Fast forward to the day of my surgery, and I’m sitting semi-covered in a paper gown and once again being explained the rates of regret. The doctor claimed that 20% of women regret their sterilizations, which, for the record, were somewhat different than the percentage I’d discovered. According to this study only 6.3% of nulliparous women like myself experience regret following sterilization. I was made to repeat out loud that I would not regret the surgery and that I understood all potential complications. The nurses hooked me up to an IV, wheeled me into a freezing operating room, and put what they called “happy juice” into my IV. Twenty minutes later and it was done. My Fallopian tubes were tied off with tiny silicone bands, which would deprive the tubes of oxygen and cause them to fall off after several days. I felt wretched when I woke up: nauseous from the anesthesia, bloated from the gas that they’d use to blow me up. I had two tiny incisions and was told that I could go back to work after two days, but not to lift anything over ten pounds for two weeks. And that was it. I was driven home and went straight to bed.
There’s no denying the sense of freedom I now feel. I can focus on things that matter to me: my work, my writing, my hobbies. I no longer have to take pills every day, I don’t have to worry about ending up in a country where my rights to an abortion are taken away. This is something I’m familiar with already – for four years, I taught English in Poland where abortion is illegal in nearly all cases. If I had needed one, (and I had known women who had) I would have had to travel to the Czech Republic or Germany.
There are also economic motivations behind my decision. I come from a lower-middle class family and don’t have a trust fund to fall back upon. Not only are children incredibly expensive, but many people of my generation also just don’t want to give up on the small luxuries that we cling to in spite of our massive amounts of debt – things like a quiet home, being able to sleep in late on weekends, having time to explore hobbies, being able to take short spontaneous trips, and having a bit more cash. What’s wrong with that?
I’m not alone, either. Despite the fact that we live in a pro-natalist society that wants us to replenish the system with good little taxpayers, we also severely lack social benefits that help parents to raise children. Birth rates in the US have been in decline for years now, and with no national form of parental leave benefits, no universal health coverage, absurdly expensive child care, outrageous rent, surprise medical bills, who would blame us for opting out? Thanks to the internet, we have a greater access to a wealth of information about the short-term and long-term painful effects that pregnancy can leave on the body and mind. Physically, pregnancy can lead to permanent issues such as incontinence and hemorrhoids, but postpartum depression or psychosis are even more terrifying concerns. Not only that, but there are dozens of articles and forums online where you can find parents giving testimony about how they regret having children.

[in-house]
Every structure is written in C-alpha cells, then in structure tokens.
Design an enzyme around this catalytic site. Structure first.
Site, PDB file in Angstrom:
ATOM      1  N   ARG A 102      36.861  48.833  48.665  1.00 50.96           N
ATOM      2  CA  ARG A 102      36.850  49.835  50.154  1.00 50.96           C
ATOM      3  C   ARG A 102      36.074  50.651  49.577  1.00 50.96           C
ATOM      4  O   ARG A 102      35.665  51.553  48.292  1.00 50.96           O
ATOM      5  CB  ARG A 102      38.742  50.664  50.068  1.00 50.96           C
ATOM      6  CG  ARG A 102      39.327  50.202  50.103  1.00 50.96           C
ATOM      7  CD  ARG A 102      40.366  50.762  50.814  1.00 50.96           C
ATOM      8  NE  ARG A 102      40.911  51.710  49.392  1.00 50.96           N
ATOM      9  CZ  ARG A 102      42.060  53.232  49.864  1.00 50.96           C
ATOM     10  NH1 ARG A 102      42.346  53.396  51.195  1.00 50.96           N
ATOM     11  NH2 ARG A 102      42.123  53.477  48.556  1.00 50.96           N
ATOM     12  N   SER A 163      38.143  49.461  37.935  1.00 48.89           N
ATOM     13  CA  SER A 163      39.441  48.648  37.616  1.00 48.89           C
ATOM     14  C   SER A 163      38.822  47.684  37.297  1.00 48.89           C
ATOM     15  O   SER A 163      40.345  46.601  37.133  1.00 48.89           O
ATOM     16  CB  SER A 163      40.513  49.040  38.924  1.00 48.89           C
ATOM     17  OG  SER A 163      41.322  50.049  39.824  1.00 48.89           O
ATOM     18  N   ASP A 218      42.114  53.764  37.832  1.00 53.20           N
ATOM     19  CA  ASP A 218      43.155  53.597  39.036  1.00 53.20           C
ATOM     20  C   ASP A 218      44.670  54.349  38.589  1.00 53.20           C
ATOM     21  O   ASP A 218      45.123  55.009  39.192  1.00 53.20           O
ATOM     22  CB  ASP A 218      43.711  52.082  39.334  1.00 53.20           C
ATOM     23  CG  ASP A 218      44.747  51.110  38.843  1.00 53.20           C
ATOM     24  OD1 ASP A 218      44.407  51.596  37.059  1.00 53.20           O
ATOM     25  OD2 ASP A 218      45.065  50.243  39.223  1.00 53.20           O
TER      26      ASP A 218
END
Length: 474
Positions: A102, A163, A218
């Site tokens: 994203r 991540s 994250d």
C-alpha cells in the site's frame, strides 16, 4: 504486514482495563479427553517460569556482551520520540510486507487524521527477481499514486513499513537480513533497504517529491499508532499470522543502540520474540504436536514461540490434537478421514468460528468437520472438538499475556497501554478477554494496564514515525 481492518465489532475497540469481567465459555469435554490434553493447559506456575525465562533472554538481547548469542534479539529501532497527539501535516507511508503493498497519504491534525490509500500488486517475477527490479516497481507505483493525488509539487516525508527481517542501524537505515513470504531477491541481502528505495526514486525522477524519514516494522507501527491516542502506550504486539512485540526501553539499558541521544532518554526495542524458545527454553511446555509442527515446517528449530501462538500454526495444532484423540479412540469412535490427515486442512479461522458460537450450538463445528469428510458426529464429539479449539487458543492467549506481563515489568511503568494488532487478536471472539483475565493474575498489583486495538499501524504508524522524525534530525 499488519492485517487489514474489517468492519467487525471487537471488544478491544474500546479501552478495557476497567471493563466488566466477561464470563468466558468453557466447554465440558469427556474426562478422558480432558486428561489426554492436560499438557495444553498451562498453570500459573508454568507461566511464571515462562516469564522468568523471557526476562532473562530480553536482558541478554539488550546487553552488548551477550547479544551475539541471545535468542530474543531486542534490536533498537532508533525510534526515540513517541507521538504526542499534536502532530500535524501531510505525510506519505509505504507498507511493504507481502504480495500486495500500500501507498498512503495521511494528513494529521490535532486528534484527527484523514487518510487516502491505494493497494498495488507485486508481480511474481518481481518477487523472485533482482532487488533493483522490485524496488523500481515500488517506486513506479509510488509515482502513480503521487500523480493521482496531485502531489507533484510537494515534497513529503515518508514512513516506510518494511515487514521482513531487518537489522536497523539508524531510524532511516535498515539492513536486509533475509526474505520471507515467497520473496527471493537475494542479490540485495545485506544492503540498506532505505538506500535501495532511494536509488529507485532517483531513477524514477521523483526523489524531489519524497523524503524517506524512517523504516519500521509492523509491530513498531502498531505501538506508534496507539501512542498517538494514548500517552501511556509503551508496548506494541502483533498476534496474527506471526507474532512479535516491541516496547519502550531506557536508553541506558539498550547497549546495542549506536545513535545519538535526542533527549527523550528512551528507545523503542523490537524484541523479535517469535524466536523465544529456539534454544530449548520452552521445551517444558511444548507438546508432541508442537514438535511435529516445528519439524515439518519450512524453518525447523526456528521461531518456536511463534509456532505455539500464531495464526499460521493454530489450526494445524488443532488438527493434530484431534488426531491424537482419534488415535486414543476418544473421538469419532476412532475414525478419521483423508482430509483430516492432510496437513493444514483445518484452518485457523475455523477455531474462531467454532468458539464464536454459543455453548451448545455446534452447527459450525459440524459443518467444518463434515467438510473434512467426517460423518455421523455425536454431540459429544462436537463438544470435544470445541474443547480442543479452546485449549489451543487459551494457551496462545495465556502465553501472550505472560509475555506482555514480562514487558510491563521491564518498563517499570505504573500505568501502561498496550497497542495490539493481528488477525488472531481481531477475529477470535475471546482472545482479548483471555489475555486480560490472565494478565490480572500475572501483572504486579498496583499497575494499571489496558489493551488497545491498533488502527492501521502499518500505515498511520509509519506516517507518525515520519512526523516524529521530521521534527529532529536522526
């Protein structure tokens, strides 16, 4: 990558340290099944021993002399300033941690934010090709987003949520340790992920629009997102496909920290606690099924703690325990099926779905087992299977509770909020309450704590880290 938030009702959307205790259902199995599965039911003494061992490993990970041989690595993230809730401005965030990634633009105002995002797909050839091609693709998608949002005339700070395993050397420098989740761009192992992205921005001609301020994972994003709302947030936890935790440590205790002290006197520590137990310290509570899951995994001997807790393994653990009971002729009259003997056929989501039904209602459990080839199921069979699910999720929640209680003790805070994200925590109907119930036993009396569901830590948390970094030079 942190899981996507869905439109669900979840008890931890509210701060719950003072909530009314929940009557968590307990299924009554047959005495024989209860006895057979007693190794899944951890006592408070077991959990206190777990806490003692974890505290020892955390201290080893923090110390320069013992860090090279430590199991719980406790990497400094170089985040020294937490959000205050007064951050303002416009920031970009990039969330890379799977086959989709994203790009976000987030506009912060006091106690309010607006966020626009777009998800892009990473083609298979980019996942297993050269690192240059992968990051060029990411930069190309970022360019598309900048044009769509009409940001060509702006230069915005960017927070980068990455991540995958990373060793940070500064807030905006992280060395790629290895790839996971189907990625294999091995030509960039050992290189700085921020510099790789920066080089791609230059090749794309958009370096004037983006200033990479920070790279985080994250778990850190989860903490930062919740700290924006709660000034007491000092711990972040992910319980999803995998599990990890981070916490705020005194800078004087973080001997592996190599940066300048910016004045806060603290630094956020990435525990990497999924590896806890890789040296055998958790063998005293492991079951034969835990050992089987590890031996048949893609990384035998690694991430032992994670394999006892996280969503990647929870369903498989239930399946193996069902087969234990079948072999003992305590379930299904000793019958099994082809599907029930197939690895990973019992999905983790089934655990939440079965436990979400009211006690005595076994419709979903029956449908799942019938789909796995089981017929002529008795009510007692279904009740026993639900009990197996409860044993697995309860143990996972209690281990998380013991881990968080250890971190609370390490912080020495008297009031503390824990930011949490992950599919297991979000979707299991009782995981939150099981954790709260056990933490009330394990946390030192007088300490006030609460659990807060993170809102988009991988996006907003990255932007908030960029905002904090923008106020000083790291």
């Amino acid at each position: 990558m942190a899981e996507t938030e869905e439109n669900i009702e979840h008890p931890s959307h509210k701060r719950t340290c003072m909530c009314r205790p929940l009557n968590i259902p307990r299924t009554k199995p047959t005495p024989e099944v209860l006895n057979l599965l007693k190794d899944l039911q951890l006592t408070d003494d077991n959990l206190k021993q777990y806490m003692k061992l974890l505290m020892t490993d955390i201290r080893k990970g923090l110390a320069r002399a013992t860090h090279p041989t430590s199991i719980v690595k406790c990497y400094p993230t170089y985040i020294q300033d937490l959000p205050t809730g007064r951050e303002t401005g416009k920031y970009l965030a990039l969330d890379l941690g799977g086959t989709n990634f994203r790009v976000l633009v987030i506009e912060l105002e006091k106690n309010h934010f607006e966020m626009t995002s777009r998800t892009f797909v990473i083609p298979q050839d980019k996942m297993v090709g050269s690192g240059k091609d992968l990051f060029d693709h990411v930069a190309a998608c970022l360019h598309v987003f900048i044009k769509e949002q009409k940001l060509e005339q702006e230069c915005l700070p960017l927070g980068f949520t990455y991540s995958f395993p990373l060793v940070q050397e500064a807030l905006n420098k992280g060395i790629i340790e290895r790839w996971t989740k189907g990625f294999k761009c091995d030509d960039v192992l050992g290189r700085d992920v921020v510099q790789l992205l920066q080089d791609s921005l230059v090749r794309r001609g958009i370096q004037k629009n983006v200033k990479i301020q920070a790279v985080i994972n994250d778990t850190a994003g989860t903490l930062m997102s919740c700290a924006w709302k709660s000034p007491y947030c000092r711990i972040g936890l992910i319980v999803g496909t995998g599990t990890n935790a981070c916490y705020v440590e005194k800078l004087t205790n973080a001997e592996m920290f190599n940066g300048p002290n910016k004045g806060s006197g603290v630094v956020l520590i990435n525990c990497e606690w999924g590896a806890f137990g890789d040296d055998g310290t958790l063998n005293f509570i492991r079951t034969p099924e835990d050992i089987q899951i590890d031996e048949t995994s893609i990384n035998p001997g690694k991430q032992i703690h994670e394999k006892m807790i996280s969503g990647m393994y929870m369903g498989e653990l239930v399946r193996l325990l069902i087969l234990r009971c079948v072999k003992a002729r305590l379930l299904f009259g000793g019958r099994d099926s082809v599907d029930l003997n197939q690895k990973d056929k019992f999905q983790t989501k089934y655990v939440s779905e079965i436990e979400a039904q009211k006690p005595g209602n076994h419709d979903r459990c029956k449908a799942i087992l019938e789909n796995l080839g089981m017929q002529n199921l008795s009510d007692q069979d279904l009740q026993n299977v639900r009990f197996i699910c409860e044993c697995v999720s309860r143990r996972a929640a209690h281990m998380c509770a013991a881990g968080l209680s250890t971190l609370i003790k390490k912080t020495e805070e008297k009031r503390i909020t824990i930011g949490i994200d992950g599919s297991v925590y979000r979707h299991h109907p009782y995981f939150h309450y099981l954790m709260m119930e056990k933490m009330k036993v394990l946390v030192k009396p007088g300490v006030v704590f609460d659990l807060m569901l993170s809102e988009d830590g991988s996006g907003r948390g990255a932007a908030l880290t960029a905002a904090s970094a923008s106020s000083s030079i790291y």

I offer you my own story, even if my perspective might be different from yours. I’m certain of this — the right to choose whether or not to become a parent is absolutely inalienable. I donate to Planned Parenthood and the National Network of Abortion Funds when I can, because forced birth is grotesque and wrong. As a believer in bodily autonomy, I also believe that people who do choose to have children should be supported. It’s easy to dismiss the concerns of parents when somebody chooses to have children, and many from the online childfree community have a tendency to mock ‘breeders’ when they complain that parenting was harder than they had imagined. I still believe that all children should be educated for free and given free medical care, and that our broken safety net in the US should be strengthened to alleviate childhood poverty.
I also think that those of us who live childfree should not be afraid to be open about our lifestyle. It should not be considered ‘selfish’ or ‘unnatural’ to choose a childfree life, and people of all genders should not be scrutinized for choosing to become sterile. The childfree existence bafflingly offends a great number of people (such as the recent viral rant by the mother who claims that childfree millennials should be banned from Disney World), and you can also find a lot of unsavory articles written by the religious right which I won’t link to. In any case, you won’t find me apologizing for the life I chose. Instead, I’ll be here, on my couch in my quiet home, having a glass of wine while I play a bit of Mario Kart.